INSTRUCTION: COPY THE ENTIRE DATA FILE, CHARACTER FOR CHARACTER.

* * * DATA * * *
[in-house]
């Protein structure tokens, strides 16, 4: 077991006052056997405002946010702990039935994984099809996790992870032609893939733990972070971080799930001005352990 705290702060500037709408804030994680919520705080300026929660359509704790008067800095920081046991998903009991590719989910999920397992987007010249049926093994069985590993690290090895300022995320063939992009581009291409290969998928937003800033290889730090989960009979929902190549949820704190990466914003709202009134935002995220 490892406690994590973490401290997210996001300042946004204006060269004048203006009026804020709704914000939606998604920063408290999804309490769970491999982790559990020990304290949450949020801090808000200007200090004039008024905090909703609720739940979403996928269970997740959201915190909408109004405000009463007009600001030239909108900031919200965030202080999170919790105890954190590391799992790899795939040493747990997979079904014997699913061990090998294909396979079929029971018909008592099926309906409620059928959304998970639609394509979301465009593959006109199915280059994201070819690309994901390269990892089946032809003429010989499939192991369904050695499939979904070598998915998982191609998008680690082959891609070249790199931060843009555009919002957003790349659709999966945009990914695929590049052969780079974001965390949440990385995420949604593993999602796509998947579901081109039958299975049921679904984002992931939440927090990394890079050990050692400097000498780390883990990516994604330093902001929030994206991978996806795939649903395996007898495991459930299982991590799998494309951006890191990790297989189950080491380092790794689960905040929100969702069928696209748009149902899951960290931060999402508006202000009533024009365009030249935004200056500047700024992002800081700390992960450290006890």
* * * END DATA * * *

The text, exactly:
[in-house]
């Protein structure tokens, strides 16, 4: 077991006052056997405002946010702990039935994984099809996790992870032609893939733990972070971080799930001005352990 705290702060500037709408804030994680919520705080300026929660359509704790008067800095920081046991998903009991590719989910999920397992987007010249049926093994069985590993690290090895300022995320063939992009581009291409290969998928937003800033290889730090989960009979929902190549949820704190990466914003709202009134935002995220 490892406690994590973490401290997210996001300042946004204006060269004048203006009026804020709704914000939606998604920063408290999804309490769970491999982790559990020990304290949450949020801090808000200007200090004039008024905090909703609720739940979403996928269970997740959201915190909408109004405000009463007009600001030239909108900031919200965030202080999170919790105890954190590391799992790899795939040493747990997979079904014997699913061990090998294909396979079929029971018909008592099926309906409620059928959304998970639609394509979301465009593959006109199915280059994201070819690309994901390269990892089946032809003429010989499939192991369904050695499939979904070598998915998982191609998008680690082959891609070249790199931060843009555009919002957003790349659709999966945009990914695929590049052969780079974001965390949440990385995420949604593993999602796509998947579901081109039958299975049921679904984002992931939440927090990394890079050990050692400097000498780390883990990516994604330093902001929030994206991978996806795939649903395996007898495991459930299982991590799998494309951006890191990790297989189950080491380092790794689960905040929100969702069928696209748009149902899951960290931060999402508006202000009533024009365009030249935004200056500047700024992002800081700390992960450290006890």